But newspapers go beyond just simply mentioning the two together; sometimes they actually do classify hackers as terrorists and hacking as cyberterrorism, as shown by the next two examples (interestingly, all three quoted articles are by staff writers at the Washington Post):

"By taking out certain data networks, he said, another country, terrorists or other hackers could disrupt everything from telecommunications and the power grid to hospitals and banking." (Cha, 2001)

"The growth is being spurred partly by federal agencies’ need to ward off acts of cyberterrorism, such as hacking, from their top–secret networks." (Webb, 2001)

Sometimes, blurring the boundaries between hackers and terrorists occurs more subtly. Consider, for example, the following quote from the Washington correspondent for USA Today:

"The same hackers trying to break into corporate computers also might try to infect a satellite with viruses that could instruct it to shut down or change its orbit." (Stone, 2001)

This assumption is not only unfounded, but also dangerous. It is clear that doing such an act could only be a goal for a terrorists, therefore, it is again implied that "corporate hackers" are, indeed, a small step away from terrorists.

As an example for blurring the boundaries between cyberactivism and cyberterrorism, consider two articles on the very same event, namely, the announcement that the Annual Meetings of the IMF/World Bank in Barcelona will instead be held online:

"Protest groups have warned that they are planning to sabotage the virtual conference with a campaign of cyber–terrorism that will be just as disruptive as their violent marches." (Riley, 2001)

"[...] that they possess all the cyber weapons necessary to hack into the conference and shut it down." (Riley, 2001)

"A spokesman for the World Bank said that any acts of cyber terrorism next week would reflect badly on the anti–globalisation groups, particularly ‘their attitude towards free speech and freedom of discussion.’" (Riley, 2001)

Sneaking cyberterrorism into the text is certainly detrimental to the image and cause of the activists and legitimizes law enforcement response or pre–emptive action — on a scale equivalent to a true cyberterrorist act, e.g., aimed at destroying lives through damaging electronic systems — before the protesters’ voice could be heard. Now, consider what the spokesperson really said, as reported in another paper:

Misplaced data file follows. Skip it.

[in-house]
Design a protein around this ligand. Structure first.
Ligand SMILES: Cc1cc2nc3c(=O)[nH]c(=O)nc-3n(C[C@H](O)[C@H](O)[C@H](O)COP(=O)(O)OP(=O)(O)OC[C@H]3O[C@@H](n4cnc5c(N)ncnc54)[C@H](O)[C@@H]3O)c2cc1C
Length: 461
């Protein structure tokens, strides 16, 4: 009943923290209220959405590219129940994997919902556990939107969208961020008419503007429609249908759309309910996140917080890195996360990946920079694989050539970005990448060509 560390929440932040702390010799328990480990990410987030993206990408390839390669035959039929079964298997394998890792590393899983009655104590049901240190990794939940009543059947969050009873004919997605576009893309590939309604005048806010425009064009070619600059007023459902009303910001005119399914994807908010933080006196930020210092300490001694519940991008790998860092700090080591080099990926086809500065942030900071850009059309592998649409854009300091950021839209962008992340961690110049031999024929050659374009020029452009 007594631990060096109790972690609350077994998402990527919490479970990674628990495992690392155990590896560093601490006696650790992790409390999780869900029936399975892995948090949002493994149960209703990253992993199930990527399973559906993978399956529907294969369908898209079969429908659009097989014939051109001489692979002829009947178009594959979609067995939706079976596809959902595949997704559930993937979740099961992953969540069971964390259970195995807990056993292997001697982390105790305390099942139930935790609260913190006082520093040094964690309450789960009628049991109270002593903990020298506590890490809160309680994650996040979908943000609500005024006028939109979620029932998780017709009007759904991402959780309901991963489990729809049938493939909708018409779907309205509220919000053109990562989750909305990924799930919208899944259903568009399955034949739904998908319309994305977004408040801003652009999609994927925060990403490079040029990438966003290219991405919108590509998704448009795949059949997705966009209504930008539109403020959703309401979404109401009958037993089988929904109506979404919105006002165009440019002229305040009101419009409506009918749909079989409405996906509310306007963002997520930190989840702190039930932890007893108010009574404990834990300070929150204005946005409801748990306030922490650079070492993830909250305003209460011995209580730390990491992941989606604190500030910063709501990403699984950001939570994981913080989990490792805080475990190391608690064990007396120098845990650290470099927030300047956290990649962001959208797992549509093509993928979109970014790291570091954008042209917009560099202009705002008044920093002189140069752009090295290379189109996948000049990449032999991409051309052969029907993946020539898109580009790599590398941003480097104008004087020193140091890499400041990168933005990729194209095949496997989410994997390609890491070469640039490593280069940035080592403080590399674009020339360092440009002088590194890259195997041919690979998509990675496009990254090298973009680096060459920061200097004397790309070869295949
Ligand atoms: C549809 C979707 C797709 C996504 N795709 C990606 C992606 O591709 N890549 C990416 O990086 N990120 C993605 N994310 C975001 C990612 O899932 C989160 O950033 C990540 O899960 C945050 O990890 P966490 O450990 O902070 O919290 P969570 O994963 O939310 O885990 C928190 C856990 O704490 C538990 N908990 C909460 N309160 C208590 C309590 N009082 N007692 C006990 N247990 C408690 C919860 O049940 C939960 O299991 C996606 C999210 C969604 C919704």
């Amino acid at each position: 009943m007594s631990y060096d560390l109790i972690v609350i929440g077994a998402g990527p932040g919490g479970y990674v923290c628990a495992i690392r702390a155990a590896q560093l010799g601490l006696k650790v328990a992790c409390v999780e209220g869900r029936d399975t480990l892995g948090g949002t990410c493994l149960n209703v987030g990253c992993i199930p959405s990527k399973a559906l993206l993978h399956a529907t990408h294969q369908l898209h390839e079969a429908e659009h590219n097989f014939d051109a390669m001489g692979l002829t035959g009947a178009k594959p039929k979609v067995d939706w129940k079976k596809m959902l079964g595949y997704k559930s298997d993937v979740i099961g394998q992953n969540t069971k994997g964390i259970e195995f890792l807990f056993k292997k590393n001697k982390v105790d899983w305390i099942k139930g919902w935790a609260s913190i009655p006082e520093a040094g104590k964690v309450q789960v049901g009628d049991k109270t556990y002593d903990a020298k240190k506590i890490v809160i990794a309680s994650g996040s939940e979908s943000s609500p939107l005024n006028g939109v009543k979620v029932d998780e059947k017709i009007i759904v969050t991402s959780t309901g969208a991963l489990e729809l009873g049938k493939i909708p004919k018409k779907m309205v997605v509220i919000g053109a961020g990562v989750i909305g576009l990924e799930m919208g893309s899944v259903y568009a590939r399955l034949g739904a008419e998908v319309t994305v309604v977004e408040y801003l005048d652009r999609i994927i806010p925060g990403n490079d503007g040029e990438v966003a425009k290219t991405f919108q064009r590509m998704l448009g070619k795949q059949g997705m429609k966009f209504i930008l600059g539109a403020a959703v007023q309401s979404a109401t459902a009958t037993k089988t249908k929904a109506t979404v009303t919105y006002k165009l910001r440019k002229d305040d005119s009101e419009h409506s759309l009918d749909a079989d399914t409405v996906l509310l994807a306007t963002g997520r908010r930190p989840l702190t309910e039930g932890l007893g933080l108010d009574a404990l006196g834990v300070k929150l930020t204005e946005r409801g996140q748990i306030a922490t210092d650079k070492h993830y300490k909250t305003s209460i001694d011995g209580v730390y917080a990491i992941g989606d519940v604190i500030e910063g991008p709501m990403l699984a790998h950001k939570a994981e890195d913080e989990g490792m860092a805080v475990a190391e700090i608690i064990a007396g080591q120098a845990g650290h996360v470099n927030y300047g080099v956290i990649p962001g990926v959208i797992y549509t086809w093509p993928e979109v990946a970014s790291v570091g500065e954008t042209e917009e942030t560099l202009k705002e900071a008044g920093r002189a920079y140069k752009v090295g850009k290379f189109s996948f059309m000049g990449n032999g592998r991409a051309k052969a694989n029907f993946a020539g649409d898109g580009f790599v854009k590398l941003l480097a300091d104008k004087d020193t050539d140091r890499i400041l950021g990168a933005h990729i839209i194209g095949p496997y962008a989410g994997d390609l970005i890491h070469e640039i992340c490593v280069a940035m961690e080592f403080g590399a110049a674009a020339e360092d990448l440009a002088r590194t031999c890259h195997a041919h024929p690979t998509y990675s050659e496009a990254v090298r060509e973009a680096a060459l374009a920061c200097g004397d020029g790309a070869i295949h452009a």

"If the protesters succeed in disrupting the conference, ‘that will reflect badly on them and their attitude towards free speech and freedom of discussion.’" (Vidal and Denny, 2001)

This author apparently struggled with identifying the online protesters, calling one of them a "protester/hacker who specializes in IT protests," but at least he avoided labeling them as terrorists. A closer look at the sentence uttered by the author of the previous article reveals an interesting contradiction: "... any acts of cyber terrorism would reflect badly on the [anti–globalisation groups’] ... attitude towards free speech and freedom of discussion" (Riley, 2001). Would a cyberterrorists really worry about their attitude toward free speech?

Along the same dichotomy, consider, for example, these two quotes from the New York Times. The first one — appearing in an article before September 11 — describes hacktivism in an objective manner:

"Socially conscious organizations are increasingly engaged in a practice known as hacktivism. Hacktivists use computer hacker tactics to advance their causes. For instance, they organize virtual sit–ins, which can paralyze a targeted site by flooding it with requests for information." (Mirapaul, 2001)

The second one — published after September 11 — gives a more negative view of the same activity:

"Malicious hactivists in the past have downloaded potentially sensitive information from India’s Bhabha Atomic Research Center and stolen credit–card numbers from a database belonging to the American Israel Public Affairs Committee, a powerful pro–Israel lobby." (Puzzanghera and Ackerman, 2001)